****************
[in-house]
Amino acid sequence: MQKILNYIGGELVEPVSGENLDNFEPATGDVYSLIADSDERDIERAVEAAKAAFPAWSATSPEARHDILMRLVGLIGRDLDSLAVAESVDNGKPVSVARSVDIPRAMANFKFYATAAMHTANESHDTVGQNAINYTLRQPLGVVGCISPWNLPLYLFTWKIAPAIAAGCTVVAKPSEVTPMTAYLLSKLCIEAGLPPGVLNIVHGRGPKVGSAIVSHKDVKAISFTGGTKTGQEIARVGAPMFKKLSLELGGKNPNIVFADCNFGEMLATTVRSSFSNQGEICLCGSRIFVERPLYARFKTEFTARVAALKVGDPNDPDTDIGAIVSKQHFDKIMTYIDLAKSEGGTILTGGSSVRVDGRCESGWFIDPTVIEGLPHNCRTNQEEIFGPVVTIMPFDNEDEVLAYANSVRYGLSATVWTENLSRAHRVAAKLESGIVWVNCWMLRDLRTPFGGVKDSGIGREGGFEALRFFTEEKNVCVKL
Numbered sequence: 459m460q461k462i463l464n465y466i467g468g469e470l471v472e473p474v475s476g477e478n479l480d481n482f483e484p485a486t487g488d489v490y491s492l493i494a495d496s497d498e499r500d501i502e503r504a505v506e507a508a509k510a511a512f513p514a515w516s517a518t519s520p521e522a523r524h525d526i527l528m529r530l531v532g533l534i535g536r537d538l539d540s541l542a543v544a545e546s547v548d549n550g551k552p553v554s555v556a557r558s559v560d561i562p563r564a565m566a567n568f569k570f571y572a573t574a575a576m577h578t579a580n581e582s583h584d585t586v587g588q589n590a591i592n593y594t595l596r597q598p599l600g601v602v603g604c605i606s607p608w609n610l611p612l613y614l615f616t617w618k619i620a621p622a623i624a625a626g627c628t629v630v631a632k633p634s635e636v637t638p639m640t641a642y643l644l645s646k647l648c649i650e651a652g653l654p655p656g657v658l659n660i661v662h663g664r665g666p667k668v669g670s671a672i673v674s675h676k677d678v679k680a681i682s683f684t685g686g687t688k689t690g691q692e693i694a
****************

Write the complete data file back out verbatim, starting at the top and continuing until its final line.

[in-house]
Amino acid sequence: MQKILNYIGGELVEPVSGENLDNFEPATGDVYSLIADSDERDIERAVEAAKAAFPAWSATSPEARHDILMRLVGLIGRDLDSLAVAESVDNGKPVSVARSVDIPRAMANFKFYATAAMHTANESHDTVGQNAINYTLRQPLGVVGCISPWNLPLYLFTWKIAPAIAAGCTVVAKPSEVTPMTAYLLSKLCIEAGLPPGVLNIVHGRGPKVGSAIVSHKDVKAISFTGGTKTGQEIARVGAPMFKKLSLELGGKNPNIVFADCNFGEMLATTVRSSFSNQGEICLCGSRIFVERPLYARFKTEFTARVAALKVGDPNDPDTDIGAIVSKQHFDKIMTYIDLAKSEGGTILTGGSSVRVDGRCESGWFIDPTVIEGLPHNCRTNQEEIFGPVVTIMPFDNEDEVLAYANSVRYGLSATVWTENLSRAHRVAAKLESGIVWVNCWMLRDLRTPFGGVKDSGIGREGGFEALRFFTEEKNVCVKL
Numbered sequence: 459m460q461k462i463l464n465y466i467g468g469e470l471v472e473p474v475s476g477e478n479l480d481n482f483e484p485a486t487g488d489v490y491s492l493i494a495d496s497d498e499r500d501i502e503r504a505v506e507a508a509k510a511a512f513p514a515w516s517a518t519s520p521e522a523r524h525d526i527l528m529r530l531v532g533l534i535g536r537d538l539d540s541l542a543v544a545e546s547v548d549n550g551k552p553v554s555v556a557r558s559v560d561i562p563r564a565m566a567n568f569k570f571y572a573t574a575a576m577h578t579a580n581e582s583h584d585t586v587g588q589n590a591i592n593y594t595l596r597q598p599l600g601v602v603g604c605i606s607p608w609n610l611p612l613y614l615f616t617w618k619i620a621p622a623i624a625a626g627c628t629v630v631a632k633p634s635e636v637t638p639m640t641a642y643l644l645s646k647l648c649i650e651a652g653l654p655p656g657v658l659n660i661v662h663g664r665g666p667k668v669g670s671a672i673v674s675h676k677d678v679k680a681i682s683f684t685g686g687t688k689t690g691q692e693i694a